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Mixing Memory Unit Messages

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One of my pet hates is developers messing up units of memory.  In general, the difference doesn't matter much, or you can work out what they meant to say, but it does annoy me when developers who should know better appear to be confused about what they are trying to say.

From Wikipedia's Byte page, here is a cheat sheet of units

"b" means bits
"B" means bytes
"k" or kilo- is standard prefix meaning 1000
"K" or "Ki", sometimes called kibi- is 1024
"m" or mill-, means 1/1000th
"M" or mega-, means 1000^2
"Mi" or mebi-, means 1024^2 

 Unit     Meaning      In bytes
mb    
milli-bits1/8000th of a byte
mB    
milli-bytes1/1000th of a byte
kb    
kilo-bits
125 bytes
kB    
kilo-bytes
1000 bytes
Kb or Kib    
kibi-bits
128 bytes
KB or KiB    
kibi-bytes
1024 bytes
Mb    
mega-bits
125,000 bytes
MB    
mega-bytes
1,000,000 bytes
Mib    
mebi-bits
131,072 bytes
MiB    
mebi-bytes
1,048,576 bytes


What annoys me is when professionals confuse these terms. 

In UNIX:

In top on Unix it states

KiB Mem:  32893900


but when I do "head -1 /proc/meminfo" it states

MemTotal:       32893900 kB

this is 2.4% less. 

I suspect top is correct as it is closer the amount of memory installed and they used "KiB" which lends credibility, but I can't be sure.

In the JVM

The default translation for "KBYTES" is "kbytes" but in Japanese and Chinese it is "KB" which is 2.4% more.

While the JVM appears to be using KiB or kibibytes every where, it refers to "KiB" only three times, but uses "kB" in twice, "Kb" in seven places, "KB" in 127 places and "kilobytes" in three cases.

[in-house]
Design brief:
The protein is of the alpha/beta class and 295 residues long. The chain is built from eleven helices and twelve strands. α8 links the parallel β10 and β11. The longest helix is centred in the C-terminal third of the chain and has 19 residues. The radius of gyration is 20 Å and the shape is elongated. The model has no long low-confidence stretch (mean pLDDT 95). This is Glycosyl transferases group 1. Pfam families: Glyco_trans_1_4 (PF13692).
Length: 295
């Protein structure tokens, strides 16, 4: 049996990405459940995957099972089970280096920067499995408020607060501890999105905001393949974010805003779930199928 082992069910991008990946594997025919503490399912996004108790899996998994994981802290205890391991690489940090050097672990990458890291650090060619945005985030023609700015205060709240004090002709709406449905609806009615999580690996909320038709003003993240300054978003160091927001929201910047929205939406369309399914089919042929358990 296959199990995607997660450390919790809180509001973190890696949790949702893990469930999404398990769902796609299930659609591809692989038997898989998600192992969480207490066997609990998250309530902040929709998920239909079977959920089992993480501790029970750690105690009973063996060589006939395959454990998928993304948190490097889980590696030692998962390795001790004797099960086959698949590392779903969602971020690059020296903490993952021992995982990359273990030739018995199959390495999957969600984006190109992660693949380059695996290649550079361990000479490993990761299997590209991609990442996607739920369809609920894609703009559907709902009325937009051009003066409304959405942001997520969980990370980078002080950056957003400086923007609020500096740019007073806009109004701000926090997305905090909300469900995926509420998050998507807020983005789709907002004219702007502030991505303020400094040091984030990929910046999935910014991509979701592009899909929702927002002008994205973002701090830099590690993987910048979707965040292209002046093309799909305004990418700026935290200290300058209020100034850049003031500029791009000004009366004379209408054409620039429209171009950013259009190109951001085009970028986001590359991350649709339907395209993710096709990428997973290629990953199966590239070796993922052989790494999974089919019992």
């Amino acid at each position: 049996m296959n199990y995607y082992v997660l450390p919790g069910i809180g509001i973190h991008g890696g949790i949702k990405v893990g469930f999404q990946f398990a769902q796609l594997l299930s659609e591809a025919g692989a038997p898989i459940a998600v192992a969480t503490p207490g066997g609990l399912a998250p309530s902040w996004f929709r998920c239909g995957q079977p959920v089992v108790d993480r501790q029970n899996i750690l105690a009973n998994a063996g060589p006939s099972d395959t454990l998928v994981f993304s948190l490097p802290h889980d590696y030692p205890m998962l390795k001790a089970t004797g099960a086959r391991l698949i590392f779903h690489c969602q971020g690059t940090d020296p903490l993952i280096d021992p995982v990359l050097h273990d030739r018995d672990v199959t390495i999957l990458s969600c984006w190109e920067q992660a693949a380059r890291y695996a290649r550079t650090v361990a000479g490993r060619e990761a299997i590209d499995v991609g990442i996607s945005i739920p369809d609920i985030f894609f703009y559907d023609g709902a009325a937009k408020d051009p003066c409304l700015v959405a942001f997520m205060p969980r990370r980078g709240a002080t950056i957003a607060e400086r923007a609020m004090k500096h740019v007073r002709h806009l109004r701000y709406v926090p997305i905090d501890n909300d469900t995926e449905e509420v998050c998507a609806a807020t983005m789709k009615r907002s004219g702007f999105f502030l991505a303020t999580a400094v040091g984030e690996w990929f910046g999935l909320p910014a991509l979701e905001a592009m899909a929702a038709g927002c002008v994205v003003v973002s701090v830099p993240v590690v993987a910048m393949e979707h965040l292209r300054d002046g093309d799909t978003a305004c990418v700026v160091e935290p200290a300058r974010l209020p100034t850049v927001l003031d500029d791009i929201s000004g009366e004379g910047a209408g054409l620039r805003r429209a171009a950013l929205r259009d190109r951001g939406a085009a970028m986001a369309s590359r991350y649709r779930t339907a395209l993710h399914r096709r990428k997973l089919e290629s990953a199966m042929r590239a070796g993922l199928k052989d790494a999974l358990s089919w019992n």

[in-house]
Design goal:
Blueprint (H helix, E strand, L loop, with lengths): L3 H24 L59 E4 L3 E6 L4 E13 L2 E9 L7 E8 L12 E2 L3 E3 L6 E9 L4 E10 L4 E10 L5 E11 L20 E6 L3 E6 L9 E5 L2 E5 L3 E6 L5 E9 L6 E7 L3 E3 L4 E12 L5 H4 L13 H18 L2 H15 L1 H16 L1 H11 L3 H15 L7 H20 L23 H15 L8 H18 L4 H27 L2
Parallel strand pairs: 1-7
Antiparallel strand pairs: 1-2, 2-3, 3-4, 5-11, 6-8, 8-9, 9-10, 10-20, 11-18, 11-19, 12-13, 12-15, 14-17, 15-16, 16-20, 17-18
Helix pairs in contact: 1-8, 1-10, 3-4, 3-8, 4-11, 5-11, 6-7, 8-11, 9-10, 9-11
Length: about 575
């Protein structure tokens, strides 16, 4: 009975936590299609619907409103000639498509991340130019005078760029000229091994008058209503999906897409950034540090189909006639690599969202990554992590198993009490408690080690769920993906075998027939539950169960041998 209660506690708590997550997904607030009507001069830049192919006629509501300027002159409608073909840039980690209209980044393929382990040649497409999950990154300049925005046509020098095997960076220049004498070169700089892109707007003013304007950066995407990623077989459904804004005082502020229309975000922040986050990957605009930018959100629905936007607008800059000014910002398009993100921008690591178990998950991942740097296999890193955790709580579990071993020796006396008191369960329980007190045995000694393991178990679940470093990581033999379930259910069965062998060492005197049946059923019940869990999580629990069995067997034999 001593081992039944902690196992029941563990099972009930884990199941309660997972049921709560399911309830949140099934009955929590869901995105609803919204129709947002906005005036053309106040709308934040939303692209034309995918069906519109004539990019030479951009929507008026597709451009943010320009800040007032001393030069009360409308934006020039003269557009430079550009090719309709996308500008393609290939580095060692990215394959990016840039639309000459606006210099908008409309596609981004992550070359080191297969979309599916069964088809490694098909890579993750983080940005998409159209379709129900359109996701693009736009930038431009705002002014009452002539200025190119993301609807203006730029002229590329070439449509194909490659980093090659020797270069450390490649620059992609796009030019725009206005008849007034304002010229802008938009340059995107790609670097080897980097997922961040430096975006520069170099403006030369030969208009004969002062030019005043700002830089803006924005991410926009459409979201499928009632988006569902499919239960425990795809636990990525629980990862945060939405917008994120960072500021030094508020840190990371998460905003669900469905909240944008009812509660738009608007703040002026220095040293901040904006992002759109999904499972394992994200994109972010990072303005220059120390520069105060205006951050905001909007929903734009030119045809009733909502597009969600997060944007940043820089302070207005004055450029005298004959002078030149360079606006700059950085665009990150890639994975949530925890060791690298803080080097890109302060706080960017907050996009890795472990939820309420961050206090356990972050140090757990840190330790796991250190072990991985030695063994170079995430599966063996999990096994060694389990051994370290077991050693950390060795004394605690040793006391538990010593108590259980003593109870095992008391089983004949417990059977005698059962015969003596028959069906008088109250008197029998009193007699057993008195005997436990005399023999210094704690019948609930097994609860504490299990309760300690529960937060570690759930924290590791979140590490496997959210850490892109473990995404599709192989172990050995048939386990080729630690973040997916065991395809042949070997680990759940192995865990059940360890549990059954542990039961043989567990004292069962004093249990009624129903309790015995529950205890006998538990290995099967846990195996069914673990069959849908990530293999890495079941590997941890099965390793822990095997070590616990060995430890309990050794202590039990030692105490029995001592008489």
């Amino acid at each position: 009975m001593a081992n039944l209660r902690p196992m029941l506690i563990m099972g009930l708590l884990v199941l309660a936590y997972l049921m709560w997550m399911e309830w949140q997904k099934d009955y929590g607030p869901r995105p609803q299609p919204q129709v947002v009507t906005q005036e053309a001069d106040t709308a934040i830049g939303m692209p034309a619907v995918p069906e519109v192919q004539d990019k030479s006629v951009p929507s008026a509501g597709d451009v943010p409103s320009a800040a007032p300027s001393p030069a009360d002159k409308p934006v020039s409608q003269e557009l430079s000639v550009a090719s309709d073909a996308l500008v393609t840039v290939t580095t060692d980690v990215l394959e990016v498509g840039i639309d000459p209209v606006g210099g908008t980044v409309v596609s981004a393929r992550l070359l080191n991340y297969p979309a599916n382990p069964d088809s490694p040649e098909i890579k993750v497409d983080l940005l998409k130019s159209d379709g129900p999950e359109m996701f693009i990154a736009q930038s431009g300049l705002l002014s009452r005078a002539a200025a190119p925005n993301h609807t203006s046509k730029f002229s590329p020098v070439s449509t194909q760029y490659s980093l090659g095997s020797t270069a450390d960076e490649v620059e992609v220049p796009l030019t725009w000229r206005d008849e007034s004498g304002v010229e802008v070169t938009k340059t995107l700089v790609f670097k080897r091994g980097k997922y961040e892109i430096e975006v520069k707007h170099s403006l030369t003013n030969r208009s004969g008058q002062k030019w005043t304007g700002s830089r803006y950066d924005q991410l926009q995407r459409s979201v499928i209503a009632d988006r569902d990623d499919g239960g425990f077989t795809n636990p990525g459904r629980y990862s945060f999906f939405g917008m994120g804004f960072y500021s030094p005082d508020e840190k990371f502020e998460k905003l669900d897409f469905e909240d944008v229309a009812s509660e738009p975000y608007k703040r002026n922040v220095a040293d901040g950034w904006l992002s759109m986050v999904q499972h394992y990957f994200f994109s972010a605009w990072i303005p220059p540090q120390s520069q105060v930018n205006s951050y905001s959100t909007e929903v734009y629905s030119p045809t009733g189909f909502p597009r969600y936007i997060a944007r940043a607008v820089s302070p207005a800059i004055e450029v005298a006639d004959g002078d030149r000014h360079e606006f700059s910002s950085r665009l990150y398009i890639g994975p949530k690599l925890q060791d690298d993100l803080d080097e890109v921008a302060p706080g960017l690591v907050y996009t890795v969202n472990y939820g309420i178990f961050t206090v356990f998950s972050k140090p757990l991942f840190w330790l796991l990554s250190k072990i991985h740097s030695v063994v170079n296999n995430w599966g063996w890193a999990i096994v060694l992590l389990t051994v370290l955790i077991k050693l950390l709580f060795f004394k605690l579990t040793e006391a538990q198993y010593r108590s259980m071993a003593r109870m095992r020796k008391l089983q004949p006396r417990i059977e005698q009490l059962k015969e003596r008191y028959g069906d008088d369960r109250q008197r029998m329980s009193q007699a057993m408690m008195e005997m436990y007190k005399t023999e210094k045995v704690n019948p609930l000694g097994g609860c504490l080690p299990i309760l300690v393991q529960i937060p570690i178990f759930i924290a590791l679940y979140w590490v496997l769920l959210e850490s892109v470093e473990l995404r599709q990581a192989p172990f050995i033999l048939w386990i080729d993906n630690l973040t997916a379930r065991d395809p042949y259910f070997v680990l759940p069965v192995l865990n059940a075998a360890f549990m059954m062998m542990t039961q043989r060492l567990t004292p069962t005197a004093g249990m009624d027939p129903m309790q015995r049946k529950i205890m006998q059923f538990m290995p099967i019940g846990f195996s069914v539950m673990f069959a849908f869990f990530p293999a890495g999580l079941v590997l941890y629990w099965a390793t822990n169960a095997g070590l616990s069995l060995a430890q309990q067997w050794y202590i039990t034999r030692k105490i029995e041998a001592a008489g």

Similarly "MiB" appears 4 times, "MB" in 87 places, "Mb" three times and "mb" three times.

Puzzle

Question: A computer program writes to memory at 49 mb/s, to disk at 50 mb/s and to the network at 100 mb/s. Which is it writing data at a higher rate to; the memory, the disk or the network?
Answer: It is probably writing to memory most and the network least.  This is because it might be read as "... to memory at 49 MiB/s, to disk at 50 MB/s and to the network at 100 Mb/s. " and one MiB/s is almost 8.4 Mb/s

Conclusion

If you don't know what units you have in mind and which ones you don't, it shouldn't be surprising if someone reading your output is confused as well.

I encourage everyone to use standard units in their code so when you see units you know exactly what they mean.

The Performance Zone is brought to you in partnership with AppDynamics.  See Gartner’s latest research on the application performance monitoring landscape and how APM suites are becoming more and more critical to the business.

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Published at DZone with permission of Peter Lawrey, DZone MVB. See the original article here.

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